In the Estate of Lindsay, the testator first bequeathed the entire estate to his wife, stating he did so purposely, knowing she “will provide for our son Clyde Lindsay”; and by the fifth clause in his will he declared: “Should any other person or persons present themselves claiming to be heirs of mine, I give and bequeath to such person or persons the sum of five dollars ($5.00).” The fact was that the testator was survived also by two illegitimate children, who, by reason of a written acknowledgment executed by the testator during his lifetime pursuant to the terms of section 1387 of the Civil Code, were given full right of inheritance; and, claiming that the testator had unintentionally omitted to provide for them in the will, they sought, under the authority of said section 1307 of the Civil Code, to obtain the share of his estate to which they would have been entitled if he had died intestate. As in the Minear Estate, the court held that the testator intentionally omitted to provide for them, except as stated in the fifth clause of his will; and that consequently the provisions of said section 1307 of the Civil Code were not available to them. In so holding the court said: “The will showed that, at the time of its execution, the testator had a wife and one child. In the event that such wife and child should survive him, his heirs could not include any one else, except other children, or the issue of deceased children. Civ. Code, § 1386. It must be presumed that the testator knew the law, and when, therefore, he spoke of persons claiming to be heirs, he could have had in mind only such persons as might claim to be children or their issue. The will, read in the light of the law of succession, shows on its face that the testator had in mind the persons, or the very class of persons, here asserting a right to succeed to a portion of his estate. He did make provision for all such persons, and the appellants, accordingly, do not bring themselves within the terms of section 1307, which is operative only where the testator ‘omits to provide in his will for any of his children.”’

Furthermore, it was held to be immaterial whether in such exclusionary clauses a testator uses the word “heirs” or the words “persons claiming to be heirs,” the court in this regard saying that, if as held in the Estate of Hassell, 168 Cal. 287, 142 P. 838, “the use of the general word ‘heirs' * * was sufficient to show the intentional character of the failure to provide for the children not named, it must be equally operative to cover children in a clause bequeathing a legacy to any persons claiming to be heirs.”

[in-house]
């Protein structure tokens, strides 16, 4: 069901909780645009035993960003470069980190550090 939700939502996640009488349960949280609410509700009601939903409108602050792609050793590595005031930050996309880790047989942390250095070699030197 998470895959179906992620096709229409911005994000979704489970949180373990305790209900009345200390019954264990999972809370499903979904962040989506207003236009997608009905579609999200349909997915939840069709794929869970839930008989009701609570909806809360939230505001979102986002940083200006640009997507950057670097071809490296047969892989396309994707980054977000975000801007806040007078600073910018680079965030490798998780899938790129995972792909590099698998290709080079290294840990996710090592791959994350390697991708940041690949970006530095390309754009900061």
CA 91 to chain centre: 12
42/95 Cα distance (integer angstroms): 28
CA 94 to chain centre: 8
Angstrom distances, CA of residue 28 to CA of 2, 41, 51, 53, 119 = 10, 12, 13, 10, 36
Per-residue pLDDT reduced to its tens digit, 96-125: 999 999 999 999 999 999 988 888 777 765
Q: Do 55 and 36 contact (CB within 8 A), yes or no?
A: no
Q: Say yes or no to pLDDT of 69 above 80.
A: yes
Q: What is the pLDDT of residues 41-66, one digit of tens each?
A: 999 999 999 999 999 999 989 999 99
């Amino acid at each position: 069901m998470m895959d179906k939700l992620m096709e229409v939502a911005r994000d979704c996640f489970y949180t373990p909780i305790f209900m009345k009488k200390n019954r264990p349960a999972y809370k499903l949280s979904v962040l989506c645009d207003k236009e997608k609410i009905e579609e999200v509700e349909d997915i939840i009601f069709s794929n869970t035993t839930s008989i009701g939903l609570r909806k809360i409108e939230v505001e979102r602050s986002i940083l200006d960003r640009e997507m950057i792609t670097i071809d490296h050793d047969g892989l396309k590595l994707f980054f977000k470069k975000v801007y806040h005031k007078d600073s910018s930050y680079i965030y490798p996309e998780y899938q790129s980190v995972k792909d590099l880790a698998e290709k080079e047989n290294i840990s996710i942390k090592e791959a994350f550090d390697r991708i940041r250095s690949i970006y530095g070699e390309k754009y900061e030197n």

Here, as shown, the testator first declared he was a single man and left no living issue, and then in the exclusionary clause of his will he declared he had purposely made no provision for “any other person whether claiming to be an heir of mine or not,” and that, “if any person, whether a beneficiary under this will or not * * * shall contest this will or object to any of its provisions”, such person should receive $1.00 and no more, in lieu of any provision which he, the testator, “might have made * * * for such person so contesting or objecting.” (All italics ours.) Therefore, applying the reasoning of the two cases cited, it must be held here, as it was there, that the omission to provide for respondents, except as declared in said exclusionary clause, was intentional, and that, such being the case, the provisions of said section 90 of the Probate Code are not available to respondents.

Respondents have made no attempt whatever to differentiate the present case from the Estate of Lindsay; nor do they comment on the decision rendered in the Estate of Minear more than to say that in that case there “was no forgetfulness shown upon the face of the will nor in the circumstances surrounding the execution of it”; and in this latter respect they call attention to and seek to have considered certain alleged extrinsic evidence which nowhere appears in the record on appeal. The law is well settled, however, that the question of whether the testator intentionally omitted to provide for his children must be determined from the terms of the will itself, and that extrinsic evidence may not be resorted to for the purpose of showing such intention (Estate of Trickett, 197 Cal. 20, 239 P. 406; Estate of Stevens, 83 Cal. 322, 23 P. 379, 17 Am.St.Rep. 252; Estate of Utz, 43 Cal. 200; Rhoton v. Blevin, 99 Cal. 645, 34 P. 513; In re Salmon's Estate, 107 Cal. 614, 40 P. 1030, 48 Am.St.Rep. 164); and, as already pointed out, the dispositive terms of the will in the present case are to all intents and purposes identical in form with those embodied in the will in the Estate of Minear, supra.

The numerous California cases cited by respondents in support of the probate court's ruling deal mainly with the rules prescribed for the guidance of courts in construing the terms of wills in proceedings of this kind; and as to such rules there is no dispute. Nor are any of the three cases cited by respondents from other jurisdictions controlling. It was expressly held in the Estate of Lindsay, supra, that the decision in the case of Boman v. Boman, 9 Cir., 49 F. 329, cannot be taken as authority in this state; the Nevada case, In re Parrott's Estate, 45 Nev. 318, 203 P. 258, even though based on a similar statute, is not in point for the reason that there the will did not embody, as here, any general exclusionary clause; and the Maryland case (Black v. Herring, 79 Md. 146, 28 A. 1063) merely holds that a proceeding instituted to construe the terms of a will is not deemed to be a “contest” to the will.

Therefore, in accordance with the views above expressed and under the authority of the Estate of Minear, supra, and the Estate of Lindsay, supra, it is ordered that the decree appealed from be, and the same is hereby, reversed, and that a new decree be entered distributing to each of respondents the sum of $1.00, as provided in the fifth clause of the will, and that the residue of the estate be distributed to the person or persons entitled thereto under the fourth clause of the will. It is further ordered that the costs of appeal be paid out of the assets of the estate. Probate Code, § 1232.

KNIGHT, Justice.

We concur: TYLER, P. J., CASHIN, J.